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United States go to Migration go to Trails and Roads go to New York go to Catskill Turnpike

Catskill Turnpike.pngThe Catskill Turnpike, also known as the Susquehanna Turnpike, and sometimes identified with the Forbidden Path[1] started on the Hudson River at Catskill in Greene County, skirted the north side of the Catskill Mountains and worked its way westward through upstate New York to Unadilla (formerly Wattle's Ferry) on the Susquehanna River in 1804. From there New York State extended it to Ithaca in 1806, and Bath about 1808. Later extensions not normally called the Catskill Turnpike took travelers into Erie County, New York, or followed part of the old Indian Forbidden Path and beyond to Erie, Pennsylvania. Each end of the Catskill Turnpike connected to other important migration pathways. The length of the Catskill Turnpike from Catskill to Bath was about 207 miles (333 km).[2] For the route from Bath to Buffalo add 102 miles (165 km). From Bath to Erie, Pennsylvania is an additional 169 miles (272 km).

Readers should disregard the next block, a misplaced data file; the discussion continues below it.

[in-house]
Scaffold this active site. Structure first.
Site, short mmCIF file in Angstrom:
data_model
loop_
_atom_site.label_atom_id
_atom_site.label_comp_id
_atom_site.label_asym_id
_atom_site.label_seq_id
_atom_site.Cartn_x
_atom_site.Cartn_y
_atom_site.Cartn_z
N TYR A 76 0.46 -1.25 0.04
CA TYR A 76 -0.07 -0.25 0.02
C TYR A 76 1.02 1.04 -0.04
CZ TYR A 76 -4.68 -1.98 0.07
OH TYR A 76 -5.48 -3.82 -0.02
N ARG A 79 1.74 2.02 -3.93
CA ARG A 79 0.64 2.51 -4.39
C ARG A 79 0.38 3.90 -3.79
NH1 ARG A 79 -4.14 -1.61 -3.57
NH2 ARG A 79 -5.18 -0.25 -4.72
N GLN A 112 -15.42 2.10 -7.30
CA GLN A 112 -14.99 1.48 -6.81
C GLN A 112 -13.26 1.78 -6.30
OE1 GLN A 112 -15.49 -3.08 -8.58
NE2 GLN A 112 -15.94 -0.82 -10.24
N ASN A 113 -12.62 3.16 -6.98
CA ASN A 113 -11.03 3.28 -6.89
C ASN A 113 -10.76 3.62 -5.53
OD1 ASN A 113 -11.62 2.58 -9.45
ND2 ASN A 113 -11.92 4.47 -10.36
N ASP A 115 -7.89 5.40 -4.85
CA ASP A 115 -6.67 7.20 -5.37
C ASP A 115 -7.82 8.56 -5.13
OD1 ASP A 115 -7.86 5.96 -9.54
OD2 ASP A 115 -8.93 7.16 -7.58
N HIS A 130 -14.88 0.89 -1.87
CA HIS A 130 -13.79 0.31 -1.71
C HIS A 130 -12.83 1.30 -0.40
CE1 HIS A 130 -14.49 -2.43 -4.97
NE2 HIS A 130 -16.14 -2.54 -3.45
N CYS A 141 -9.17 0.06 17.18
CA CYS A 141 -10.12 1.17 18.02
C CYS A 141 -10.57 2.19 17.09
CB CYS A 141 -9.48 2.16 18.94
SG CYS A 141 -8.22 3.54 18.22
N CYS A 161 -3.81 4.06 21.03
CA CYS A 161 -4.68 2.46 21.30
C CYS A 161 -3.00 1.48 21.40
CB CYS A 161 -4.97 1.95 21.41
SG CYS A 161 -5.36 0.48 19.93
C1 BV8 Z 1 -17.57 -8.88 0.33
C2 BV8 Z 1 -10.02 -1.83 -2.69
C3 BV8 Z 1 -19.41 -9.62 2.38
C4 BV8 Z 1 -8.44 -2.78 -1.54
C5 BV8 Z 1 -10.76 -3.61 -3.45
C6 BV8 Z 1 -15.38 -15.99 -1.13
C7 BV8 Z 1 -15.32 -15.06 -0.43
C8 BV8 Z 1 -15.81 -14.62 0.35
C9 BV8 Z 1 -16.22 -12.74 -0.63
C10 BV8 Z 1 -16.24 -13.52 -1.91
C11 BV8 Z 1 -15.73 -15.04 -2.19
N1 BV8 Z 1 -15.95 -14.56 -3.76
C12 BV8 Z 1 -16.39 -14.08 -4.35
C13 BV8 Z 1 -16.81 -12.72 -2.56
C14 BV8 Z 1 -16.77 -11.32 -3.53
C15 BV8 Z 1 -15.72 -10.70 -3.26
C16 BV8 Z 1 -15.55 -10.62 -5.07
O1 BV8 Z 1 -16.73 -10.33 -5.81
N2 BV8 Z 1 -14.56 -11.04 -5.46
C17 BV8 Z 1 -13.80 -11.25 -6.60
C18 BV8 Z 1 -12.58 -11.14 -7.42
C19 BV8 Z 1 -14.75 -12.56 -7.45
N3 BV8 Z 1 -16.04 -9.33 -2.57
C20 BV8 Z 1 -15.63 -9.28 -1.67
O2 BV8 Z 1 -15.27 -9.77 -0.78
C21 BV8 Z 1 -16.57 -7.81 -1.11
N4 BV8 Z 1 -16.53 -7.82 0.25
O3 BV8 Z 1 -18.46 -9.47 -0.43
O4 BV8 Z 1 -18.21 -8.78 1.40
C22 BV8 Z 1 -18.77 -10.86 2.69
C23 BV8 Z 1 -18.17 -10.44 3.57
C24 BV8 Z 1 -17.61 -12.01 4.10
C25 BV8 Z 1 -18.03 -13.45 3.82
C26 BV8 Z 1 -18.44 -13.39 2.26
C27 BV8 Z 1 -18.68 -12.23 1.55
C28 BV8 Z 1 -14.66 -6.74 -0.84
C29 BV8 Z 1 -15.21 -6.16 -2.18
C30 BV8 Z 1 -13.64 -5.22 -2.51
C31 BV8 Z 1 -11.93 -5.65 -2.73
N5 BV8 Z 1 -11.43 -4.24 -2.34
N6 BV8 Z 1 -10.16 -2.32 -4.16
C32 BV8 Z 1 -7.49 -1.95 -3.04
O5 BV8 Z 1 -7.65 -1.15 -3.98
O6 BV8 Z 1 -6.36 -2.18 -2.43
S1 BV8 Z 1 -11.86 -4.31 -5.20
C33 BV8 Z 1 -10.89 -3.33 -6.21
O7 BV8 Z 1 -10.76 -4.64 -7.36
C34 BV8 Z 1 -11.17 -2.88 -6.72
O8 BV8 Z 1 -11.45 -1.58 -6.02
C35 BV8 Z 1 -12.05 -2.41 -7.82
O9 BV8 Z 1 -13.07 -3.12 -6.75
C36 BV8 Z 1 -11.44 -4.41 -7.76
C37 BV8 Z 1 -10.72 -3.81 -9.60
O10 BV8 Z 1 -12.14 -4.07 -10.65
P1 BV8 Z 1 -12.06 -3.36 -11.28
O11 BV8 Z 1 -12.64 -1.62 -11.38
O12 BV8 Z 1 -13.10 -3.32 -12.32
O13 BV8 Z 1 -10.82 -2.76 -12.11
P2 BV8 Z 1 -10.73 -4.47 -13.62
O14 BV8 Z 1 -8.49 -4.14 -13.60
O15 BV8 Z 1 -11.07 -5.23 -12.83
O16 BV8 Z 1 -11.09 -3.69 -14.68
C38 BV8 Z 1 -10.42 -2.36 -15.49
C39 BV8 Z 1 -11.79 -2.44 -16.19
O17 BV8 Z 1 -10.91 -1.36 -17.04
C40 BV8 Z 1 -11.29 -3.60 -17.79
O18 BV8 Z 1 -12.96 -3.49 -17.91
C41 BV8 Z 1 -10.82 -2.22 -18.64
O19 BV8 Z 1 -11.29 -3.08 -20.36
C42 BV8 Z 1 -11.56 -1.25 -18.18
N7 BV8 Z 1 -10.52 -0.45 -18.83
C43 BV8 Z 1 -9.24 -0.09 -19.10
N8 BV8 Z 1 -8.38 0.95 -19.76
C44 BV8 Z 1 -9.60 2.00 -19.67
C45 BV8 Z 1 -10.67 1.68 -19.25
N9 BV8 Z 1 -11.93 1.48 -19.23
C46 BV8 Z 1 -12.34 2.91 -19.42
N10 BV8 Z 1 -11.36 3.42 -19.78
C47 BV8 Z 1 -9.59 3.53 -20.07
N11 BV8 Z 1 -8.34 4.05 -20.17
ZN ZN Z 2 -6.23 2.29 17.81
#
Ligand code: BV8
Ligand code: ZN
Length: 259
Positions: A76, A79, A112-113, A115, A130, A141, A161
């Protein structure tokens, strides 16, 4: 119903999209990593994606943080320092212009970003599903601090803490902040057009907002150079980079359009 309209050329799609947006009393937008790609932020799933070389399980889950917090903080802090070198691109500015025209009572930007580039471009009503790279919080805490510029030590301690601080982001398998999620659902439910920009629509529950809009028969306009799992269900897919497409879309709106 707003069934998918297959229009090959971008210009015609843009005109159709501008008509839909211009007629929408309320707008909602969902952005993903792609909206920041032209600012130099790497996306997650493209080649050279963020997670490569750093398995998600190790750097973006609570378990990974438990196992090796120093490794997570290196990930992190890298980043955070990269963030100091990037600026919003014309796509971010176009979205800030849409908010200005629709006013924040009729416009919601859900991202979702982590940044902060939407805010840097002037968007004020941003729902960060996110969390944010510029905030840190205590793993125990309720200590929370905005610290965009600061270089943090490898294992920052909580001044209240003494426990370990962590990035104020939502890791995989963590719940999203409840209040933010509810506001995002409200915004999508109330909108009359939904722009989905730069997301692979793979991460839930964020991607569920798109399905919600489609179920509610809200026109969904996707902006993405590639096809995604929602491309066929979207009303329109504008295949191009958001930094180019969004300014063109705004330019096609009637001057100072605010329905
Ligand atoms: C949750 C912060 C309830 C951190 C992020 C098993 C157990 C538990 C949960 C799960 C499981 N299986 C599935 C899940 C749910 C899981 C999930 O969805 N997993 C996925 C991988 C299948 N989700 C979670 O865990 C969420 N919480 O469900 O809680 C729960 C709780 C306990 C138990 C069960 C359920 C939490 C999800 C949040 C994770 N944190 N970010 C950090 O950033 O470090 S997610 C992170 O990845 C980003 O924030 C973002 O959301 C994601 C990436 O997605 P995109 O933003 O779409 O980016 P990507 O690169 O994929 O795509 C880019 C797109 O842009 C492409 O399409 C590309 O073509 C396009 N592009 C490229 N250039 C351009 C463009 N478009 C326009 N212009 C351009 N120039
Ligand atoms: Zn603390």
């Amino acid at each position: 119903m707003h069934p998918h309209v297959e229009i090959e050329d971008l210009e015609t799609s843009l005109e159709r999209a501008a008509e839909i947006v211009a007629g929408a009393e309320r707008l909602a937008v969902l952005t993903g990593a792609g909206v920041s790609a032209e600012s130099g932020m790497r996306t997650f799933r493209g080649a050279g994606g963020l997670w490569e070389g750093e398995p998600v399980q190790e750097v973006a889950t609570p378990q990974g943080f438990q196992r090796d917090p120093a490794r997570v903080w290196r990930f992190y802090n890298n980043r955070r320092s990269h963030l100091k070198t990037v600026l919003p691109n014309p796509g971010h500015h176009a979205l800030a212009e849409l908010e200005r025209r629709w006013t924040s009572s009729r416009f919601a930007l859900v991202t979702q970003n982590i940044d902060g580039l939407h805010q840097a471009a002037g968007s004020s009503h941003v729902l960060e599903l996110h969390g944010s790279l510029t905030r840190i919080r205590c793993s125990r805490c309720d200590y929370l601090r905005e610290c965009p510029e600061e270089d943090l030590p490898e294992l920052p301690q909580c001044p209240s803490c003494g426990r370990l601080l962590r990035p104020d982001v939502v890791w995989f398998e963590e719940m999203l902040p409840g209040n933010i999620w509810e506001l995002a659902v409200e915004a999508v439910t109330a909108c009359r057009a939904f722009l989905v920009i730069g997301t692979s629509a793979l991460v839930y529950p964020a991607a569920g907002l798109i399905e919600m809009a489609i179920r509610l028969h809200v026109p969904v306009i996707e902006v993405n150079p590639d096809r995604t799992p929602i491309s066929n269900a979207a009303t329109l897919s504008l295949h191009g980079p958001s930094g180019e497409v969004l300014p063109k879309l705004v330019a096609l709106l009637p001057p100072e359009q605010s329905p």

Contents

Background History

Significance. The Catskill Turnpike was an important early route for New England emigrants headed to western New York and beyond. In the 20 years after it was built about 300,000 people mostly from New England settled in the counties along the Catskill Turnpike and its extensions. Other emigrants moved along the turnpike toward Ohio.[3]

Feeder routes. Emigrants reached the Catskill Turnpike along three main routes. First, they came up the Hudson River Valley by boat or via the Albany Post Road. Second, they came along the Catskill Road[4] (later Ancram Turnpike[5]) from Springfield, Massachusetts to Catskill, New York. Third, there was also stagecoach service on the Greenwood Road[6] from Hartford, Connecticut to Albany which could drop them off near Catskill.